Today, technology is changing our world. You could argue it’s even changing our children.
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Kids often revel in digital media, especially with gaming and social media. The technology is enticing and full of color and interactivity — and while this may offer some benefits, it also raises concerns and questions.
The main question bubbling up, especially for exasperated parents trying to break through the hold of screens and devices: Can too much screen time make children more prone to the symptoms of attention-deficit/hyperactivity disorder (ADHD)?
ADHD, while a common disorder, has a lot of nuance to it. It doesn’t simply mean that someone gets distracted easily. Pediatric behavioral health specialist Michael Manos, PhD, explains that ADHD is a genetic predisposition characterized by specific hyperactive and impulsive behaviors involving physical differences in the brain.
According to Dr. Manos, there’s still not enough evidence to support a clear-cut cause-and-effect link between heightened technology use in kids and ADHD. But technology use does have a behavioral impact. “Frequent use of technology affects how we behave and relate with one another,” he adds.
Some of the biggest questions on parents’ and caregivers’ minds when they see their kids playing hours of video games or staring at their iPads is: Can frequent use of digital media reduce my child’s attention span? Can it make them more easily distracted?
A 2018 study aimed to explore this question. The study looked at 2,587 high school students who had not been diagnosed with ADHD. Students were surveyed on how much time they spent on digital media, including social media.
Researchers found that the students who reported using digital media many times a day were more likely than their peers to show these symptoms:
These results do seem to speak volumes, but Dr. Manos urges us not to jump to conclusions. “Does this mean that too much time gaming or commenting on Facebook can give kids ADHD? Absolutely not. But these activities may cause symptoms that are similar to ADHD, even though they can’t cause ADHD itself,” he says.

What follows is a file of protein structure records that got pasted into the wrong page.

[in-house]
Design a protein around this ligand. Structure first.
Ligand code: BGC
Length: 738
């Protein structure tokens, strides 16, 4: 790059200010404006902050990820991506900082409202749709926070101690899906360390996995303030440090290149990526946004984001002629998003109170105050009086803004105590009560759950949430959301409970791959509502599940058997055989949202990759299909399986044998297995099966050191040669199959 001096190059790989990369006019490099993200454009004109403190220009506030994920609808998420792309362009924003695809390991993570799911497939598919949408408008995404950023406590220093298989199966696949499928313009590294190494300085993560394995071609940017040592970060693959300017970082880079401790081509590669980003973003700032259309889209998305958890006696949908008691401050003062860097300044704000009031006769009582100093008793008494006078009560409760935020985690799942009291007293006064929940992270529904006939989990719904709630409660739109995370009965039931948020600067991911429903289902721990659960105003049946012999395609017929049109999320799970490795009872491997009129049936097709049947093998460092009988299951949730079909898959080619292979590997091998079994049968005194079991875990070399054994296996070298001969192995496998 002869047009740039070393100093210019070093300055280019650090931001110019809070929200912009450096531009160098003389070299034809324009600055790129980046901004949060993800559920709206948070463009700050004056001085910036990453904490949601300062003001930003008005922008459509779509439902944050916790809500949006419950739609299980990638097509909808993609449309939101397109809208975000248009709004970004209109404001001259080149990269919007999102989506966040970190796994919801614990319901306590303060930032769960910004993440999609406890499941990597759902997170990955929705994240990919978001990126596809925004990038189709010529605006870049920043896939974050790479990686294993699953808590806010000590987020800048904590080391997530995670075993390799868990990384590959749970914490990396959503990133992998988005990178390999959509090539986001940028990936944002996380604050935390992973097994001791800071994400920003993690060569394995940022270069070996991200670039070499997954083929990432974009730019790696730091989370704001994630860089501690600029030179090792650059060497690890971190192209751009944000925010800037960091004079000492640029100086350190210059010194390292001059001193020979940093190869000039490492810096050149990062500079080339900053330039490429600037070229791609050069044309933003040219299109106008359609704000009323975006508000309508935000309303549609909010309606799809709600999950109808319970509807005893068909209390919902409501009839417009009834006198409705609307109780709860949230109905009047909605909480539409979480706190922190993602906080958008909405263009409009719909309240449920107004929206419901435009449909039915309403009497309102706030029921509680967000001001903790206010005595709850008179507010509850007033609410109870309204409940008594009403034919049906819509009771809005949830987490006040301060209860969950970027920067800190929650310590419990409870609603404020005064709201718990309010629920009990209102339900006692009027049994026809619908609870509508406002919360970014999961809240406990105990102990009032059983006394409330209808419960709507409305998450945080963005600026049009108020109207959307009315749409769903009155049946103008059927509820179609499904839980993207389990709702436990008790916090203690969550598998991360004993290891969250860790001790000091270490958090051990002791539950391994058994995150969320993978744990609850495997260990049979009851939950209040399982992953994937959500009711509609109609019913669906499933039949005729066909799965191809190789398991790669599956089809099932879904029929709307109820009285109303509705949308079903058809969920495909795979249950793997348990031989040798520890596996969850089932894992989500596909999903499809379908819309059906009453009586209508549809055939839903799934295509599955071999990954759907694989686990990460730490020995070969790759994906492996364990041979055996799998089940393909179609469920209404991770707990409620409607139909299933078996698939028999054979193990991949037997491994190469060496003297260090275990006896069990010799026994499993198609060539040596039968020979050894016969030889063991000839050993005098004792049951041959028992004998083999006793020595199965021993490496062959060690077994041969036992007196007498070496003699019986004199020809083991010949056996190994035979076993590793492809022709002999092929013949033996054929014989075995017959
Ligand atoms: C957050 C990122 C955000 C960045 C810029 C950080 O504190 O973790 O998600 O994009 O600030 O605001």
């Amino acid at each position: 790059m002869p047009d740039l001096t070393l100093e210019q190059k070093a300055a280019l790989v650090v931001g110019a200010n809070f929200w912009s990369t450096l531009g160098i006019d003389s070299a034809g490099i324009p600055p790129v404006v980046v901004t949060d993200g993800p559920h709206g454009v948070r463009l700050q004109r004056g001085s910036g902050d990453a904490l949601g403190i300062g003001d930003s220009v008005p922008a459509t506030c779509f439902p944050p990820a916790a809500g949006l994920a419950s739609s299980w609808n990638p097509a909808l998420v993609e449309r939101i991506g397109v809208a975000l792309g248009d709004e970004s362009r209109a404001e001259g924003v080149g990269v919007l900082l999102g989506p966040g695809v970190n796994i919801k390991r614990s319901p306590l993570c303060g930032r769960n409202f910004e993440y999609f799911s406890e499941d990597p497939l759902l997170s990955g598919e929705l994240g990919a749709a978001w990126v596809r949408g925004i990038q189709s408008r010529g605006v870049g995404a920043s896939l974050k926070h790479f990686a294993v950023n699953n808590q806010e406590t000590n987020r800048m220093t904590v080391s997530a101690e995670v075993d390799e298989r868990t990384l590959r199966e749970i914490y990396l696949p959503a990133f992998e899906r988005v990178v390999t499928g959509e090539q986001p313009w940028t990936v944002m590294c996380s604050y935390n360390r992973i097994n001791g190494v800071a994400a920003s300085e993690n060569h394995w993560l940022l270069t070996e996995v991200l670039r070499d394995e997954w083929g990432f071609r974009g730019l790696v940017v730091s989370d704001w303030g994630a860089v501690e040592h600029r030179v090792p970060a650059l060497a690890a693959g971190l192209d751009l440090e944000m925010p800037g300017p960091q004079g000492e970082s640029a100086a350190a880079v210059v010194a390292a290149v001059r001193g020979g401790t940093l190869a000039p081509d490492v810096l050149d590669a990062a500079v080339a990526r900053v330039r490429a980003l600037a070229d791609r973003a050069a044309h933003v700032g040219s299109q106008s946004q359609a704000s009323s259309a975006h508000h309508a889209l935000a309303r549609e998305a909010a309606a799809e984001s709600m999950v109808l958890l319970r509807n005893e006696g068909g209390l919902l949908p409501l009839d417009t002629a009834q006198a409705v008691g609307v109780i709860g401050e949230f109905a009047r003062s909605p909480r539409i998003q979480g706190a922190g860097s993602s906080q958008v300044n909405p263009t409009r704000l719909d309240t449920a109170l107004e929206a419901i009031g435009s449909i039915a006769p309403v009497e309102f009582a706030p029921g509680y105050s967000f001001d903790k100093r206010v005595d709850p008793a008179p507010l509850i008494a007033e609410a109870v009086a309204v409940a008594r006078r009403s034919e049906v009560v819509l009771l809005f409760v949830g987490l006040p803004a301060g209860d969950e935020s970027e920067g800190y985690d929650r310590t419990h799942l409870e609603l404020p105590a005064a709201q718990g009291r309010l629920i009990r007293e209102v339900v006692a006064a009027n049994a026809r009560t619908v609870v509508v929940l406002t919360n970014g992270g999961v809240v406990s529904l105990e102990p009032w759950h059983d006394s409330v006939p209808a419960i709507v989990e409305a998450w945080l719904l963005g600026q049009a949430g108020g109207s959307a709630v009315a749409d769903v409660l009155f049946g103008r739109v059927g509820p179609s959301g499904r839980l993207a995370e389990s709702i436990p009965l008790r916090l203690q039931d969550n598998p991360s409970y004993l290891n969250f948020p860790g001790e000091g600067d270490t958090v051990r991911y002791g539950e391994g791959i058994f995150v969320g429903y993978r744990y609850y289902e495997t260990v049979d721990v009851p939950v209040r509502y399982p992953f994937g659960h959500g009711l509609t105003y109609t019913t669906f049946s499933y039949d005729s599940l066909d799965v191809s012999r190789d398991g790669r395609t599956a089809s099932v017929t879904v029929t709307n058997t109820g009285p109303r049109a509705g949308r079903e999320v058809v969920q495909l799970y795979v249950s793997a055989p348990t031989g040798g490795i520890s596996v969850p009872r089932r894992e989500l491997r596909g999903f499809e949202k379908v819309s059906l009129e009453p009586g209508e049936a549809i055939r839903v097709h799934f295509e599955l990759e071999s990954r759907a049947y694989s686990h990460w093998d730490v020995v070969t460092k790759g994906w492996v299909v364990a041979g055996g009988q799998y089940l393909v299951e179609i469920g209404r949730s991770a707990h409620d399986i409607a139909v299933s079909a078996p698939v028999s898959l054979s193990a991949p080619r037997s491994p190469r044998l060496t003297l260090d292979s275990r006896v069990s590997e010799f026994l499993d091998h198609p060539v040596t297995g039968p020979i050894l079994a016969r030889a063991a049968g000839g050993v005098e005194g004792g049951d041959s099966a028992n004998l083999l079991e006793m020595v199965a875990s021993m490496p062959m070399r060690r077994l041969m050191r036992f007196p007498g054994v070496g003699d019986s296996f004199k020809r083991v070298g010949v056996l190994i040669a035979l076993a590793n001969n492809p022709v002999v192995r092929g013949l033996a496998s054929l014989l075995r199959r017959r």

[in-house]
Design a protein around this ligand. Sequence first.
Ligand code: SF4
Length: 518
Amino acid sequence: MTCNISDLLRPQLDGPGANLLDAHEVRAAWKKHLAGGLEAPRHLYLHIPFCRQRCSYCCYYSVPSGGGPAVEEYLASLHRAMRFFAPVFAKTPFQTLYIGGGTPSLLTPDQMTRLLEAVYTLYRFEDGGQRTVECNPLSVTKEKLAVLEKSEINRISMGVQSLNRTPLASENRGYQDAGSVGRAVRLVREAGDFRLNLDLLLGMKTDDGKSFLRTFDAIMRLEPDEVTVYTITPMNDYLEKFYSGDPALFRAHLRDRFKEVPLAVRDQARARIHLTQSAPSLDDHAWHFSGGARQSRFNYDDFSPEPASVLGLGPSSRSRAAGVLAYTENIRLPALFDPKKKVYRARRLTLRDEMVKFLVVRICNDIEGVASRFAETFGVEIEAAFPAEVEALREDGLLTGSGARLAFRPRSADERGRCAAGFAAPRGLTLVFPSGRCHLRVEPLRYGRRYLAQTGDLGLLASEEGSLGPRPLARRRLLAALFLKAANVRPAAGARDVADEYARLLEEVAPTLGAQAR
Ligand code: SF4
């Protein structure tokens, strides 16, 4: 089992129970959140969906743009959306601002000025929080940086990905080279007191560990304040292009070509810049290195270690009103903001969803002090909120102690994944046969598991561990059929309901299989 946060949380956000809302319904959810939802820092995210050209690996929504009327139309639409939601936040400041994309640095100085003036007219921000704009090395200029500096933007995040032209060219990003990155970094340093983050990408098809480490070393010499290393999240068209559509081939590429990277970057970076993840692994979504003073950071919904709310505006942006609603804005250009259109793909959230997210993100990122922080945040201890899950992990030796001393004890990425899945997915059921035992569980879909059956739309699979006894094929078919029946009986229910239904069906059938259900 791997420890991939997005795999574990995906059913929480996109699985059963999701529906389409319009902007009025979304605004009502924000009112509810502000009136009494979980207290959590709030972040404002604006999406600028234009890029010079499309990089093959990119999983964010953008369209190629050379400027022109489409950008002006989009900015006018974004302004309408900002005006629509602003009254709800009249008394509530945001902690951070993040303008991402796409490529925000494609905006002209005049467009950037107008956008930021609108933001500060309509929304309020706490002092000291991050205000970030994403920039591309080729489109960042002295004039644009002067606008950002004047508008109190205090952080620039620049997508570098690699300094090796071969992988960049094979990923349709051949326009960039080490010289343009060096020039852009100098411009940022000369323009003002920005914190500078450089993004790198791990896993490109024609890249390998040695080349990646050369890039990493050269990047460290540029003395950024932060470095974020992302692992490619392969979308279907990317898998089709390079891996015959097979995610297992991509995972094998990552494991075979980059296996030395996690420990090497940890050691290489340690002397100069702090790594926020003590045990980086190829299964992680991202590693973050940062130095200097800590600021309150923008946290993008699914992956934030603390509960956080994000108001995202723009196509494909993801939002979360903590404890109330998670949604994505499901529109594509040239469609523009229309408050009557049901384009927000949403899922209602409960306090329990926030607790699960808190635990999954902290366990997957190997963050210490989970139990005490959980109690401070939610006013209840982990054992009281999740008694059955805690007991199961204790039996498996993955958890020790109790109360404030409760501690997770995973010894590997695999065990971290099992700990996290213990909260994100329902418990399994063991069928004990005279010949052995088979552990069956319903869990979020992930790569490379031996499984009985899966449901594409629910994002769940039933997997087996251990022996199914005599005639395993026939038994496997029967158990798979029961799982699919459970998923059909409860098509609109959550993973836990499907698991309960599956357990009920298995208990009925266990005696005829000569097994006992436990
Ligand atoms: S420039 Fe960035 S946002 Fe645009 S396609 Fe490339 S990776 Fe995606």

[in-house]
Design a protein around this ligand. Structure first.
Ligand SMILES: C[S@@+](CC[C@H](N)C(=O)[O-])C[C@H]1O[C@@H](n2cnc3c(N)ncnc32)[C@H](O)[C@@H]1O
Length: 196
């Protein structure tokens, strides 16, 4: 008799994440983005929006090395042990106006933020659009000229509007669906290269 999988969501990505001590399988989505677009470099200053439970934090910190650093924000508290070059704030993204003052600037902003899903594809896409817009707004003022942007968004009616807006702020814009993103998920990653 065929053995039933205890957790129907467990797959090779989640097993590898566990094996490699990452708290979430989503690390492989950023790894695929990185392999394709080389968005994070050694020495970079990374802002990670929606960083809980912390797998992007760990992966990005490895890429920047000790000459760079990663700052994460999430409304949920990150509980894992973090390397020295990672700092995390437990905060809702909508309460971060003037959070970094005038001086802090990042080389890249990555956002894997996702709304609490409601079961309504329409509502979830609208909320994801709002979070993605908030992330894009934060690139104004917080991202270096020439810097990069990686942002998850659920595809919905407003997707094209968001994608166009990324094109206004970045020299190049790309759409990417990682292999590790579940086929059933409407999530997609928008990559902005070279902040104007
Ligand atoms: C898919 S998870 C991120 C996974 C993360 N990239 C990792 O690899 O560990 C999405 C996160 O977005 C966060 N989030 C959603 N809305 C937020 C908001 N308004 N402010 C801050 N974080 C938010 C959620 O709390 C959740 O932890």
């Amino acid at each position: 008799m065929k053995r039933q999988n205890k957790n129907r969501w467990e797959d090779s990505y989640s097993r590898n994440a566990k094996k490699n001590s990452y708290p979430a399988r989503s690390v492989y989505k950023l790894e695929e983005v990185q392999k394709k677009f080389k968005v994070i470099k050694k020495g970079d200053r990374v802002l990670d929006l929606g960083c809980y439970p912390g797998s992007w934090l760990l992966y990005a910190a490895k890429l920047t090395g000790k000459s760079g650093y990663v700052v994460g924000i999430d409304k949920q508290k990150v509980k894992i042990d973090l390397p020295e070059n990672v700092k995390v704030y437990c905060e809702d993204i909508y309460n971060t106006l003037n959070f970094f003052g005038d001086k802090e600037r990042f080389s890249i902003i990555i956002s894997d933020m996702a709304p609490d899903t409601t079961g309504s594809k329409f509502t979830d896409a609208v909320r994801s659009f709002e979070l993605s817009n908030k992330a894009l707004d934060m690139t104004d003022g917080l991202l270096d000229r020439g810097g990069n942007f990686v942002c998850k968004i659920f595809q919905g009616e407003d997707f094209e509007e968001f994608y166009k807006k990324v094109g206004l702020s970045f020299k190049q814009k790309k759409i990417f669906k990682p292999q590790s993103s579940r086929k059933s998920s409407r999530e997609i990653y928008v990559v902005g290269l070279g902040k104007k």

The keyword here is similar. In other words, frequent digital media use can bring out latent symptoms or create behaviors that look like ADHD. The problem isn’t digital media itself, but that it produces a dizzying burden on a person’s attention.
So, while social media and device use may not directly cause ADHD, that doesn’t mean it doesn’t have an effect on your child’s attention span and overall development. And, as Dr. Manos points out, our attention span is greatly tied to how we relate and socialize with others.
“As children increasingly relate to each other through digital media, including social media and video games, it calls into question how we communicate on a human level,” he adds.
He also notes that while things like video games do help with team building and problem-solving, they shouldn’t be the only kind of interaction kids are having. Too much time on devices means less time having real face-to-face communication, where facial expression, voice and body language all come into play.
“These are the nuances of understanding relationships,” Dr. Manos says.
There’s also a concern over kids developing a harmful connection or “bond” to their devices. This can manifest through separation anxiety when they’re forced to take a break from a computer game or their social media feed. And, then — well, cue the tears.